Night Reached Out Her Hand

When night reaches out her hand, how could I not accept it, take it, shake it and close the deal at the end of the day?

I wasn’t a young man anymore.

I wasn’t so old that I could say I barely remembered being young, but I was old enough to be made nervous by the ever shortening distance between now and my permanent end.

The newspaper ad had piqued my interest.

“Volunteers needed for medical experiments,” it read. It explained the experiments on nutrition and sleep and exercise to “increase fertility, longevity and extend youthful vigor.”

All, of course, for a handsome sum of money.

Was I looking for immortality when I dialed the number?

I told myself I only wanted the money. At most I hoped to lose a few lines from my face and possibly stave off impotence for a few more years. The most outrageous of my thoughts might have even included a cure for my receding hairline.


A few non-invasive medical experiments did not make man into a god.

The telephone interview was embarrassingly thorough. Before they gave me an address and a date and time to be there, they knew my entire medical history, the schedule of my bowel movements and all of my sexual encounters of the past six months, including acts of self gratification.

After the phone call I was almost too embarrassed to go where they had told me to go.

Though he had been nothing less than professional I couldn’t imagine meeting this man who knew so much about me and shaking his hand, acting like a polite stranger.

I did go.

It was a newly constructed private medical facility, where the receptionist picked up the phone and announced my arrival even before I introduced myself.

A nurse appeared, led me to a room and instructed me to strip and that the doctors would be with me shortly.

Yes, doctors, plural, not doctor, singular.

There were six of them and by the time they had finished with me I had endured embarrassments which made the telephone interview seem as tame as exchanging hellos with a coworker in the hallway.

I had barely had time to put my pants back on before another man came in.

My mind cried out “no more doctors” and I felt on the verge of tears at the prospect. Somehow I managed to offer the young man a weak smile and ask, “Which part of me are you here to prod?”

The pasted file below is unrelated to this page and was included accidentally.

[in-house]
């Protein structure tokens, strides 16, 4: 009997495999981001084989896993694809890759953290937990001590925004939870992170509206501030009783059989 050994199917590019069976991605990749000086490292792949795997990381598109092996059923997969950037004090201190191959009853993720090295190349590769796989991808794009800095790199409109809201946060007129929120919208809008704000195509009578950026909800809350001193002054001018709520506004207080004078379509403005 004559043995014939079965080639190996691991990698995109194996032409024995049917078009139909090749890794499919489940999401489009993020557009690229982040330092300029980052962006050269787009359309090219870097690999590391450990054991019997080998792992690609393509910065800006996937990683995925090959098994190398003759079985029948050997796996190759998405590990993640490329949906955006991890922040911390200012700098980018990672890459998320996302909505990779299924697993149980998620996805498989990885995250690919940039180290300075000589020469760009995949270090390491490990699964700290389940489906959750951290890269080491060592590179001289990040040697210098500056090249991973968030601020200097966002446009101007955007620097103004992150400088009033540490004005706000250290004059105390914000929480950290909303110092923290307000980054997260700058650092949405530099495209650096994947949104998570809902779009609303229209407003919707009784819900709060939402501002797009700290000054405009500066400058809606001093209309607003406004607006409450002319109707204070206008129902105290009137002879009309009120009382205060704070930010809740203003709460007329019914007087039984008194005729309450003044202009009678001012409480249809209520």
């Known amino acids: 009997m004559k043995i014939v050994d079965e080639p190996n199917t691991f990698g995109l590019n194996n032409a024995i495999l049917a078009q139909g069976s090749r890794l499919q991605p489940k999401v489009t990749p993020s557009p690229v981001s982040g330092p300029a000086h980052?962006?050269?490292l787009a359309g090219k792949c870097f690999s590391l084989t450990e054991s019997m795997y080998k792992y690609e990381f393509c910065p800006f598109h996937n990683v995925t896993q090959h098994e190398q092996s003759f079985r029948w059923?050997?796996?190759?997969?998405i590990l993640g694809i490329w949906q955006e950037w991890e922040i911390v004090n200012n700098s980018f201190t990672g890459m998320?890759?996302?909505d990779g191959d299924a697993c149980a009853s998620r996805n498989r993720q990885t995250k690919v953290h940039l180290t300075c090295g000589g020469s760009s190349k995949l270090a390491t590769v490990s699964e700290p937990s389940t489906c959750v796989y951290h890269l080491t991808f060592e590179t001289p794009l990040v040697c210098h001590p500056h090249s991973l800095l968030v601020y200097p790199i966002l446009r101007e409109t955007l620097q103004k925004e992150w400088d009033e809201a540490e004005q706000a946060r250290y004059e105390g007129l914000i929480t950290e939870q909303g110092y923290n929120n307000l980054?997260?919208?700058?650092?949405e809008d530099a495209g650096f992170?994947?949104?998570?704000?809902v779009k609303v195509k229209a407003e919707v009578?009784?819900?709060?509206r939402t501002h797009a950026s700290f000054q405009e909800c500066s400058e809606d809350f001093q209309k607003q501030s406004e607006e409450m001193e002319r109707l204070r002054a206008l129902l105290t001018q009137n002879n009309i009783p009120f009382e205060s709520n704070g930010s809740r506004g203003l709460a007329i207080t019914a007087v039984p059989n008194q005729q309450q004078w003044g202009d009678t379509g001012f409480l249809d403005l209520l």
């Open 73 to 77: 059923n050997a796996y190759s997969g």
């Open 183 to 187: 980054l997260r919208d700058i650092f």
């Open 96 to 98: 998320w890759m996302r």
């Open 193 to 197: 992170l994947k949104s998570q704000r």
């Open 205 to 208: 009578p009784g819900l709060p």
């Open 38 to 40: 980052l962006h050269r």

He leaned his head back and laughed. I hadn’t been attempting to make a joke and was perplexed by his reaction.

Once done laughing he gave me the bad news.

All of the advertised positions had been filled.

For a week they had been filled.

In two days I had been more completely embarrassed than ever before and he was telling me it had all been for nothing. Maybe a sick joke at my expense that they had let me go though it all?

He must have sensed my imminent volcanic explosion because he started telling me about a private experiment he was conducting.

Perfectly legal, he told me, just not funded by the government or any of the medical colleges.

He believed that if a person entirely avoided the sun that they could double their lifespan.

He said that he was curious exactly how long a life could be extended on someone who had already seen the sun, but he was really hoping for the babies.

He was a rich man, he told me. He was going to serve as caretaker for two generations, maybe three.

I could be a part of it, he said. I was older that what he thought of starting with, but I could be an interesting experiment unto myself.

All I had to do, he told me, was agree to never go out in the daylight, never see the sun again.

I am not a young man.

In fact, I am older than most.

My hair is still thin and I still have lines around my eyes.

I haven’t seen the sun in 50 years. My children never have. Their children never will.

My wife misses it sometimes. She says she can still remember the way it felt to stand on a beach with your face turned toward the warm summer sky.

I have no regrets.

The night reached out her hand and I shook it firmly.


Its not likely, but its not inconceivable.

Not anymore.